A search for meaning through the historic counties of England
The remarkable story of a WWII Commando who transformed British comedy.
a celebration of being unironically obsessed with things
The Totally True Not Made Up Un-Fake Chronicles of Donaeld the Unready
In 2015/16, New Mills AFC went an entire season without winning a game. In 2016/17, they let one of the UK’s most underappreciated comedians tag along for the ride.
The full official story of the sophisticated silliness of Stephen Fry and Hugh Laurie
Gabriel Stewart decided to walk 1,000 miles around the UK on his gap year. This is the story of how it all went spectacularly wrong.
Heat magazine – 18th century style
A paper-based portable wireless device that connects everything to everything else
A Celebration of the Comedy underdog
Indispensable and hilarious* notes on midlife (*possibly a lie)
What if you did every single deal that came up on Groupon?
A new book by legendary illustrator Raymond Briggs
Collating the obscure dregs of the eighties and nineties video game industry so we can all point and laugh
The hidden silly side of higher education
Is texture the new fragrance?
Portraits of Britain's leading comedians and their favourite one liners
A memoir about cycling and stand-up comedy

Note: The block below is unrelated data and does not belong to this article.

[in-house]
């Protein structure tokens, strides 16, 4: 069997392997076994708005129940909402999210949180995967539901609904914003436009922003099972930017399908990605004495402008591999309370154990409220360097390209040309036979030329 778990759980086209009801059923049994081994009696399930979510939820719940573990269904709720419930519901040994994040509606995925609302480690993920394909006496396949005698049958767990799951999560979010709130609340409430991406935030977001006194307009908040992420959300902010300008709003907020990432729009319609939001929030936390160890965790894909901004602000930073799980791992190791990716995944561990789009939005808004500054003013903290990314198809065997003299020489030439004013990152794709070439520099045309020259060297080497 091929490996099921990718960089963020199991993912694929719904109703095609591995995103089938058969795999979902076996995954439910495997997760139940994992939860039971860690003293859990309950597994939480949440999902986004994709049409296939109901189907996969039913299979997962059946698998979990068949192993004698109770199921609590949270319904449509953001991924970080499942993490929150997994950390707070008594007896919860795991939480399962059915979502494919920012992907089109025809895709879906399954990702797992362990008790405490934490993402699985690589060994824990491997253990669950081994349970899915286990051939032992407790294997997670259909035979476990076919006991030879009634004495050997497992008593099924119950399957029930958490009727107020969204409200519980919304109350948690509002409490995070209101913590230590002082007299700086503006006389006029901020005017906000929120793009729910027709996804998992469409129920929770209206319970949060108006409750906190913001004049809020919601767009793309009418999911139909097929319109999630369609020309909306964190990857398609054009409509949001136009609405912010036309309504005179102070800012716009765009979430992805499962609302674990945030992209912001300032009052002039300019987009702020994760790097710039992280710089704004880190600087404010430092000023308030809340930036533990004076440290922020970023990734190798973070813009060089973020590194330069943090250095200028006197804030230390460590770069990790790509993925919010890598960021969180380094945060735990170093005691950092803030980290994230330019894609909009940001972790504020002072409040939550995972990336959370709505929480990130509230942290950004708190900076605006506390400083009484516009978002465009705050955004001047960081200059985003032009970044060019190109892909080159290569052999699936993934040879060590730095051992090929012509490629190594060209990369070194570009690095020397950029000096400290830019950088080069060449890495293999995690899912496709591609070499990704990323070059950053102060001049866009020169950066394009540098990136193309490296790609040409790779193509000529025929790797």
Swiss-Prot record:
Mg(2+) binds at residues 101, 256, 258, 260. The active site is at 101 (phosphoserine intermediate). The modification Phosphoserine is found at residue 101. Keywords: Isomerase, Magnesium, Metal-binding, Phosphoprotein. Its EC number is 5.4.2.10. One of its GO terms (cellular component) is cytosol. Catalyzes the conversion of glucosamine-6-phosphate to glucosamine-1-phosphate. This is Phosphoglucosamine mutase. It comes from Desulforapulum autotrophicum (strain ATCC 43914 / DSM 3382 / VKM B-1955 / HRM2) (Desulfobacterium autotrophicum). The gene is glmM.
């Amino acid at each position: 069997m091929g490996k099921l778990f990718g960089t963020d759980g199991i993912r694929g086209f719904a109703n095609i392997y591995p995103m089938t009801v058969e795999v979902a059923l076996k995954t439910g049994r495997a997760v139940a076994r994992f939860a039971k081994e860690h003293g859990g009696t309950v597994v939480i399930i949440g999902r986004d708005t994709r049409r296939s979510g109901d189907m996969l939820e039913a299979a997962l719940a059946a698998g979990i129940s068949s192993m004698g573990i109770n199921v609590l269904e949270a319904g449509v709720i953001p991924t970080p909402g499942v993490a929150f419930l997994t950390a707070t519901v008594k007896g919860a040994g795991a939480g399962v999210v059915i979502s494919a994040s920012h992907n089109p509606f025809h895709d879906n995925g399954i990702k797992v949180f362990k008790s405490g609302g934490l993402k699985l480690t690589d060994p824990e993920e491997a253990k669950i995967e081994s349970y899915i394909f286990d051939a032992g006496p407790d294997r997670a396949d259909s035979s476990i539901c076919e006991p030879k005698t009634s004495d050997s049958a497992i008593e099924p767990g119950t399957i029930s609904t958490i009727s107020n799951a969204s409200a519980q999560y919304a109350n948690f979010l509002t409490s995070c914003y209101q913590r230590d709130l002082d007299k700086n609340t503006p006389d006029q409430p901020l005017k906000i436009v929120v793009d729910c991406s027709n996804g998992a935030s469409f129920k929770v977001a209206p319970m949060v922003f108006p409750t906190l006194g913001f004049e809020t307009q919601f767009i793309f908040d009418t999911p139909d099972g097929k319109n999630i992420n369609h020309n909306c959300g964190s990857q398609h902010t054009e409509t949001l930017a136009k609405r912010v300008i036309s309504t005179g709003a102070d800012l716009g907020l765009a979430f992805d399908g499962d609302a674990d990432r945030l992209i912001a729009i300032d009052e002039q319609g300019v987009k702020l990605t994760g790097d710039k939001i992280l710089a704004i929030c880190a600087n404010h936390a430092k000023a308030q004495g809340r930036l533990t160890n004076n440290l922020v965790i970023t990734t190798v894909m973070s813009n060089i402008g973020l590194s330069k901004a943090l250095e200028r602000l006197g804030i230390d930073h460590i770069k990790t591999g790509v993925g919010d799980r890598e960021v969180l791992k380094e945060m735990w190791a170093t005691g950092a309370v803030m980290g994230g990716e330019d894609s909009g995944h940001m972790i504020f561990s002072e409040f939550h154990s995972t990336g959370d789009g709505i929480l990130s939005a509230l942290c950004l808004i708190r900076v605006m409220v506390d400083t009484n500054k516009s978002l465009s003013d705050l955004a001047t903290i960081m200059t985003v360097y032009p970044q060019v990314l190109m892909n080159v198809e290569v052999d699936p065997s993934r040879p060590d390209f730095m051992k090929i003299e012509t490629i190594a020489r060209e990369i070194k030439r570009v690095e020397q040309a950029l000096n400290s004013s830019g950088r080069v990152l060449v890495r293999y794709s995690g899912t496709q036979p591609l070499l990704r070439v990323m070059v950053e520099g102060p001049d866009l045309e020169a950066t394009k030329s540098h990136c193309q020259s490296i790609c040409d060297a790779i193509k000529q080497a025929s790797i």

How to Survive School, Parents and Everything Else That’s Unfair in Life
Humorous letters to pop stars about their songs with genuine witty replies
A hilarious collection of correspondence
A nature book, but not quite like any you’ll have read before
What happens when you move to Tasmania on a hunch, with a husband who aspires to be an alpaca whisperer and a feral cockerel? Can you cook the cockerel for dinner, or has it got rigor mortis?
A cornucopia of giggles, gaffs, titillation, temptations, and exceptional expertise in all things historically sexual from Dr Kate Lister aka @Whores of Yore.
A correspondence between a hopeless gardener and a hopeful cook
An insight into the happily chaotic mind of a writer
Would you like to help publish the world's most Boring book?
Can we still use comedy as a political weapon in the age of Trump?
A journey across the UK through its local radio stations